Allergens : What to know?

How are surfaces important in controlling airborne allergens? How do you tell the difference between colds and allergies? We're glad you asked. Find all this and more.

What are Allergens?

What are Allergens?An allergen is something that causes an allergic reaction. An allergic person's immune system mistakenly thinks the allergen is harmful, so it reacts and causes allergy symptoms, such as itching and sneezing. Someone who does not have an allergy can be exposed to exactly the same substance – such as pet dander, for example – and not have any symptoms at all.

Allergens are often referred to as ‘triggers’, because they set off allergic reactions. There are different types of allergens, and a variety of allergic conditions that they can cause.

Common Indoor Allergens

Inside our homes, the most common allergens include:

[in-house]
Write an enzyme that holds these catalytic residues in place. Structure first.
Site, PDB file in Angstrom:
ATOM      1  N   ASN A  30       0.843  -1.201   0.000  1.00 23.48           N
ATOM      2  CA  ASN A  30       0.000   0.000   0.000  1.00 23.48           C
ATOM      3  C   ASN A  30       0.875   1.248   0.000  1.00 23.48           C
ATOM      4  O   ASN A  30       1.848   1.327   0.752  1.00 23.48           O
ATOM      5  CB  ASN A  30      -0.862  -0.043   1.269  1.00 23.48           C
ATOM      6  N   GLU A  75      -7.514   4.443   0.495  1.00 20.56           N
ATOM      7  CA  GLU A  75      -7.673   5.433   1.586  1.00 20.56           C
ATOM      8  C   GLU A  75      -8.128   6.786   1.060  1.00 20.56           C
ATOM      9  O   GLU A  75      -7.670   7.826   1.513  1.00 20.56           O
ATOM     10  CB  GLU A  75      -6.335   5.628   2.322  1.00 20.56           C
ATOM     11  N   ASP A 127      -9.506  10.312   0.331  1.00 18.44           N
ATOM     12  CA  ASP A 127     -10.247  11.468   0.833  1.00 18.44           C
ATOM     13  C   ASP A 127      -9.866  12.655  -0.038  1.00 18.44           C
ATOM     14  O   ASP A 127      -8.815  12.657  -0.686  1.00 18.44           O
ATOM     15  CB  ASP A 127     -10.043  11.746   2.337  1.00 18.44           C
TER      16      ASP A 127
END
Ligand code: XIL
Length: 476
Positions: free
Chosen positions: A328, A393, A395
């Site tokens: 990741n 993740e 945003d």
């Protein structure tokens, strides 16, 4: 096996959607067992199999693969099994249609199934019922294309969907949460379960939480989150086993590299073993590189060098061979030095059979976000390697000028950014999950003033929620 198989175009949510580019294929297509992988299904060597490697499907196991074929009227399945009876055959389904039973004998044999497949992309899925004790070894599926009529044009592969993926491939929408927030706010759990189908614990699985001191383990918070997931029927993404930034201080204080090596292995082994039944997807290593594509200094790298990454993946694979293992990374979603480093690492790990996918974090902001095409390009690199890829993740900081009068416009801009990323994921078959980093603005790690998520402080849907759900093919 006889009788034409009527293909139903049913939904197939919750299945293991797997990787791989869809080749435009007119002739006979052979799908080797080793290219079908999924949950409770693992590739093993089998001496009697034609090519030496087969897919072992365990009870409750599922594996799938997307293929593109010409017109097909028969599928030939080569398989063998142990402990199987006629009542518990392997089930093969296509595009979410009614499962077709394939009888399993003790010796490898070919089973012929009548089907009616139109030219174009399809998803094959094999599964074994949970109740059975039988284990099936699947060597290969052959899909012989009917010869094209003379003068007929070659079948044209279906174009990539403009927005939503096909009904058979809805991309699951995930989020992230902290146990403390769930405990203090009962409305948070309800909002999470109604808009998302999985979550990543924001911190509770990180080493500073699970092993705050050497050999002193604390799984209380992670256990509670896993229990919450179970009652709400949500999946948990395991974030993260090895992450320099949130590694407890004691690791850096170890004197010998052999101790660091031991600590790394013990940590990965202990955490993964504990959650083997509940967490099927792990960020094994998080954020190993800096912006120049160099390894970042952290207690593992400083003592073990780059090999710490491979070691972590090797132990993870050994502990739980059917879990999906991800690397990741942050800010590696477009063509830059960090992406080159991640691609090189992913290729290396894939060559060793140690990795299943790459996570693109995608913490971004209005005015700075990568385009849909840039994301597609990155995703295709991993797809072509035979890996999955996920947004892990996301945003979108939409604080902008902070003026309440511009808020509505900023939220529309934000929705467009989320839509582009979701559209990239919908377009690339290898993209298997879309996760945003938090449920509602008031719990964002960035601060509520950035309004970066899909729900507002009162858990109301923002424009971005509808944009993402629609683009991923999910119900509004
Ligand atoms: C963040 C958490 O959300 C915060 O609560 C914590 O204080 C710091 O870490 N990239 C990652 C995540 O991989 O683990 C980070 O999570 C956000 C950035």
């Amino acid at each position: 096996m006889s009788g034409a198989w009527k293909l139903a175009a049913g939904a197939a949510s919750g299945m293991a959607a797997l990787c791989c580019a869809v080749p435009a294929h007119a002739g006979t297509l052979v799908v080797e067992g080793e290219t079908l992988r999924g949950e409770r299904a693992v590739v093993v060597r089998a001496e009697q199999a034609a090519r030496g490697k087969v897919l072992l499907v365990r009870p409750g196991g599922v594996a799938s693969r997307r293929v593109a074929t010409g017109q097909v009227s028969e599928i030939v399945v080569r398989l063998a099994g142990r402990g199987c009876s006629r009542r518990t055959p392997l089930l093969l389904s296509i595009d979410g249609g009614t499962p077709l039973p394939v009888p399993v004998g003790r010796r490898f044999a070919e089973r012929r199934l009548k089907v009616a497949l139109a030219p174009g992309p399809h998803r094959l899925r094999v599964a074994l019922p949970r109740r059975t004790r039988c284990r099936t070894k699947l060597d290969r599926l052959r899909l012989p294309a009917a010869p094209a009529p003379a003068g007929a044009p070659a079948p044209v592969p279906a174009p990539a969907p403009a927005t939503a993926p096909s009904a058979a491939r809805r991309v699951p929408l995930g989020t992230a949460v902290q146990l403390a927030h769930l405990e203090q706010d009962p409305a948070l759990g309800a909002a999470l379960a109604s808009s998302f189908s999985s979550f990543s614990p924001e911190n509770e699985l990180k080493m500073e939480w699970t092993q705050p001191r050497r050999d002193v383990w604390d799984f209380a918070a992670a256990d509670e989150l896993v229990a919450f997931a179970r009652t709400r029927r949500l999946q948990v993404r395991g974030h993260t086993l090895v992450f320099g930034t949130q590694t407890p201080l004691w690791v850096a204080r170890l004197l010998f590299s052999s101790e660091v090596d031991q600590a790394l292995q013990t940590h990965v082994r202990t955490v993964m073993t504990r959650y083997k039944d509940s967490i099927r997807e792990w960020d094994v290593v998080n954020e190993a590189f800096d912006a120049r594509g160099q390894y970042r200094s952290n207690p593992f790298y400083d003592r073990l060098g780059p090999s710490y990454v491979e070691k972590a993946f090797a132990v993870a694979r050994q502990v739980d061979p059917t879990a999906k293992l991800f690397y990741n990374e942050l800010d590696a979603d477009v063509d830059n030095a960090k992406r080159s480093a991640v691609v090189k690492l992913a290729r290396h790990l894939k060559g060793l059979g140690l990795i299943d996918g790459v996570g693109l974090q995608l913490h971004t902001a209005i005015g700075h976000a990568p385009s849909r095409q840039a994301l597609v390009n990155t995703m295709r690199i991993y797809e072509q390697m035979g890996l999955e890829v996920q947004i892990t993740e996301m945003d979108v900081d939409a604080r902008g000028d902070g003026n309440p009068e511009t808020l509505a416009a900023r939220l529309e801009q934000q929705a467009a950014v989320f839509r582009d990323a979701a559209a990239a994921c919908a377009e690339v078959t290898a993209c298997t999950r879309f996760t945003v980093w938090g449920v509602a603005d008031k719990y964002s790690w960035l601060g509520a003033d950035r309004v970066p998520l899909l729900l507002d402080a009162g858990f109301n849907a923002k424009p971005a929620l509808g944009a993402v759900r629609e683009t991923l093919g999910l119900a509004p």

• Dust mites
  • Pet dander
  • Mould spores
  • Pollen

Dust mites, pet dander and mould spores are often present in our homes, so Calare called ‘indoor allergens’. We usually think of pollen as being an ‘outdoor allergen’, but during the warmer months pollen often triggers symptoms when inside because it readily enters our homes in the air, through open windows and doors, and on people’s hair and clothing.

These allergens can float through the air, from where they can be inhaled or enter the eyes, causing symptoms. They can also land on surfaces and cause an allergic reaction when an allergic person has contact with them. And, if the surfaces are disturbed, the allergens on them can disperse into the air again.

How Allergic Reactions Happen

The role of your immune system is to fight off harmful substances – like viruses and bacteria. But sometimes it can misinterpret whether something is harmful or not. This is what happens with an allergy.

If you are allergic to something and you breathe it in, swallow or touch it (depending on the type of allergy you have), you can get an allergic reaction.

  • Your body produces a type of antibody (Immunoglobulin E or IgE) to protect you from the allergen it thinks is harmful.
  • This leads to the release of chemicals that help fight off the allergen.
  • These chemicals – such as histamine – cause allergy symptoms such as sneezing and itching.